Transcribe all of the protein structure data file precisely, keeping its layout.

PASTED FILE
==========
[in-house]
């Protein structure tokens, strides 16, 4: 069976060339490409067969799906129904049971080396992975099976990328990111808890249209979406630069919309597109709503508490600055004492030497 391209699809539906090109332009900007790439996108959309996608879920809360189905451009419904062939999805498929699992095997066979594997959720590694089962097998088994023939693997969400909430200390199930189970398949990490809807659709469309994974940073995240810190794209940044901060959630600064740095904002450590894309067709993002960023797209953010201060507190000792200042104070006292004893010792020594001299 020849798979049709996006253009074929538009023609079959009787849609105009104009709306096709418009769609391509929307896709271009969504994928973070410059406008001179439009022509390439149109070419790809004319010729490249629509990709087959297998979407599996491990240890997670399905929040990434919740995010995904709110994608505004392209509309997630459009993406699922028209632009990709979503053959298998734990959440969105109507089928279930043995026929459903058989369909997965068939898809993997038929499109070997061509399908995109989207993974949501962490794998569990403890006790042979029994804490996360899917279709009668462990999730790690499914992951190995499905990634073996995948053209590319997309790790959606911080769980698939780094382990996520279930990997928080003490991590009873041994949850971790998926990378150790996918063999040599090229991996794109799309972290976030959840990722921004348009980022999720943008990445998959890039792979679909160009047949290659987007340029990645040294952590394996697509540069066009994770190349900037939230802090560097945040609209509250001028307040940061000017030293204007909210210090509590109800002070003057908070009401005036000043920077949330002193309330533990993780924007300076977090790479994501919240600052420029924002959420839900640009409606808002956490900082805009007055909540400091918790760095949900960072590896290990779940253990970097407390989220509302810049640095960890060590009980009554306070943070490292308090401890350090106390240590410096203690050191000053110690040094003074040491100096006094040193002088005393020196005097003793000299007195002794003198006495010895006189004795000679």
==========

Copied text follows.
[in-house]
């Protein structure tokens, strides 16, 4: 069976060339490409067969799906129904049971080396992975099976990328990111808890249209979406630069919309597109709503508490600055004492030497 391209699809539906090109332009900007790439996108959309996608879920809360189905451009419904062939999805498929699992095997066979594997959720590694089962097998088994023939693997969400909430200390199930189970398949990490809807659709469309994974940073995240810190794209940044901060959630600064740095904002450590894309067709993002960023797209953010201060507190000792200042104070006292004893010792020594001299 020849798979049709996006253009074929538009023609079959009787849609105009104009709306096709418009769609391509929307896709271009969504994928973070410059406008001179439009022509390439149109070419790809004319010729490249629509990709087959297998979407599996491990240890997670399905929040990434919740995010995904709110994608505004392209509309997630459009993406699922028209632009990709979503053959298998734990959440969105109507089928279930043995026929459903058989369909997965068939898809993997038929499109070997061509399908995109989207993974949501962490794998569990403890006790042979029994804490996360899917279709009668462990999730790690499914992951190995499905990634073996995948053209590319997309790790959606911080769980698939780094382990996520279930990997928080003490991590009873041994949850971790998926990378150790996918063999040599090229991996794109799309972290976030959840990722921004348009980022999720943008990445998959890039792979679909160009047949290659987007340029990645040294952590394996697509540069066009994770190349900037939230802090560097945040609209509250001028307040940061000017030293204007909210210090509590109800002070003057908070009401005036000043920077949330002193309330533990993780924007300076977090790479994501919240600052420029924002959420839900640009409606808002956490900082805009007055909540400091918790760095949900960072590896290990779940253990970097407390989220509302810049640095960890060590009980009554306070943070490292308090401890350090106390240590410096203690050191000053110690040094003074040491100096006094040193002088005393020196005097003793000299007195002794003198006495010895006189004795000679």